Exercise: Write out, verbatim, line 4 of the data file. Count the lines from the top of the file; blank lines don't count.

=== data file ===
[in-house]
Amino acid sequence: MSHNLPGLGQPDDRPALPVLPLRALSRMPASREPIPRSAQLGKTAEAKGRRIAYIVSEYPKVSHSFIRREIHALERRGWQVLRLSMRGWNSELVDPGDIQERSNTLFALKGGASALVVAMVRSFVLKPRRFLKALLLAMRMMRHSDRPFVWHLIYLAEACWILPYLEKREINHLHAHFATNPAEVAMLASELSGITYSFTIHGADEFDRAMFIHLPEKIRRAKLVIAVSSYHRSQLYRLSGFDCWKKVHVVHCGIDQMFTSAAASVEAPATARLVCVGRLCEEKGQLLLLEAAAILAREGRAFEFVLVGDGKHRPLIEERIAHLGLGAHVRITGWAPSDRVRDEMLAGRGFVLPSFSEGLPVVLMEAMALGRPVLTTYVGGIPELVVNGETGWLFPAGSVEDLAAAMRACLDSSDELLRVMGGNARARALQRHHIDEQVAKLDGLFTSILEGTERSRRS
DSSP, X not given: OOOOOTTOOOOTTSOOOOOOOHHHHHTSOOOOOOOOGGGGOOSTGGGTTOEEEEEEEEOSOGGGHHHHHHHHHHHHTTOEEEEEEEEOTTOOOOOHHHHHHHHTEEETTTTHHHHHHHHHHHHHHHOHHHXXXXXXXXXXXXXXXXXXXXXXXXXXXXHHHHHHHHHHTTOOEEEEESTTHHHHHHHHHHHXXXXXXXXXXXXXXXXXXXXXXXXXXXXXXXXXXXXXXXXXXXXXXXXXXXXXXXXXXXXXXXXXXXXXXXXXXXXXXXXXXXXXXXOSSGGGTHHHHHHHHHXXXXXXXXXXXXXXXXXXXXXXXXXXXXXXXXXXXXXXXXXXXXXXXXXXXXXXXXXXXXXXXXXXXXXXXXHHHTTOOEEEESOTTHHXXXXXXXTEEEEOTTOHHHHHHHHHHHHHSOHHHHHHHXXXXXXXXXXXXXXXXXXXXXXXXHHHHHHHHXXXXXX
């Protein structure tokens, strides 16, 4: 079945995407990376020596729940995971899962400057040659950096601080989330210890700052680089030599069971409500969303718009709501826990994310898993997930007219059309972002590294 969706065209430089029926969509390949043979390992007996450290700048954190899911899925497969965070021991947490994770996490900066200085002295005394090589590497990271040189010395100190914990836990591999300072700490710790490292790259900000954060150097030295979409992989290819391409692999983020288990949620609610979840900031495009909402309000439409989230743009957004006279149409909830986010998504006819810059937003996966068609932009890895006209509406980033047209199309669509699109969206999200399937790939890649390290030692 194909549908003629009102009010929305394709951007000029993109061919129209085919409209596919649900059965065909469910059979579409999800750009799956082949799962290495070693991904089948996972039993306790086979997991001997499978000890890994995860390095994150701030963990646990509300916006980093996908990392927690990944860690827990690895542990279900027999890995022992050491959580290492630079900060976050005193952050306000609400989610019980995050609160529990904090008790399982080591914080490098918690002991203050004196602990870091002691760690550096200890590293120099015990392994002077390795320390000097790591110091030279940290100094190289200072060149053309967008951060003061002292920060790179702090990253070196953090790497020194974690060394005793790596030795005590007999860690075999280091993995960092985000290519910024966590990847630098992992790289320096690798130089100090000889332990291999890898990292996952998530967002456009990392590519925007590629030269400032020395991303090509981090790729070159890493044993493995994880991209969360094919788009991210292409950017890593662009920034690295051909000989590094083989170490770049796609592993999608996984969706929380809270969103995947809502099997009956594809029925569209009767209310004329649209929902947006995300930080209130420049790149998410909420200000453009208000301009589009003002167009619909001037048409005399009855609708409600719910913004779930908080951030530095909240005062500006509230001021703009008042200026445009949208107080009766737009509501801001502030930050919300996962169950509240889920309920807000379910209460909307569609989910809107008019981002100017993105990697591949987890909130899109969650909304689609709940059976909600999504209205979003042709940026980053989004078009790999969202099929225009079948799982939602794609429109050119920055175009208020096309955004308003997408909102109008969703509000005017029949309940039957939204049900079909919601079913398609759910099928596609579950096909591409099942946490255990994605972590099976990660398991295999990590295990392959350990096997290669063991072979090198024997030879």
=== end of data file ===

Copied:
């Protein structure tokens, strides 16, 4: 079945995407990376020596729940995971899962400057040659950096601080989330210890700052680089030599069971409500969303718009709501826990994310898993997930007219059309972002590294 969706065209430089029926969509390949043979390992007996450290700048954190899911899925497969965070021991947490994770996490900066200085002295005394090589590497990271040189010395100190914990836990591999300072700490710790490292790259900000954060150097030295979409992989290819391409692999983020288990949620609610979840900031495009909402309000439409989230743009957004006279149409909830986010998504006819810059937003996966068609932009890895006209509406980033047209199309669509699109969206999200399937790939890649390290030692 194909549908003629009102009010929305394709951007000029993109061919129209085919409209596919649900059965065909469910059979579409999800750009799956082949799962290495070693991904089948996972039993306790086979997991001997499978000890890994995860390095994150701030963990646990509300916006980093996908990392927690990944860690827990690895542990279900027999890995022992050491959580290492630079900060976050005193952050306000609400989610019980995050609160529990904090008790399982080591914080490098918690002991203050004196602990870091002691760690550096200890590293120099015990392994002077390795320390000097790591110091030279940290100094190289200072060149053309967008951060003061002292920060790179702090990253070196953090790497020194974690060394005793790596030795005590007999860690075999280091993995960092985000290519910024966590990847630098992992790289320096690798130089100090000889332990291999890898990292996952998530967002456009990392590519925007590629030269400032020395991303090509981090790729070159890493044993493995994880991209969360094919788009991210292409950017890593662009920034690295051909000989590094083989170490770049796609592993999608996984969706929380809270969103995947809502099997009956594809029925569209009767209310004329649209929902947006995300930080209130420049790149998410909420200000453009208000301009589009003002167009619909001037048409005399009855609708409600719910913004779930908080951030530095909240005062500006509230001021703009008042200026445009949208107080009766737009509501801001502030930050919300996962169950509240889920309920807000379910209460909307569609989910809107008019981002100017993105990697591949987890909130899109969650909304689609709940059976909600999504209205979003042709940026980053989004078009790999969202099929225009079948799982939602794609429109050119920055175009208020096309955004308003997408909102109008969703509000005017029949309940039957939204049900079909919601079913398609759910099928596609579950096909591409099942946490255990994605972590099976990660398991295999990590295990392959350990096997290669063991072979090198024997030879």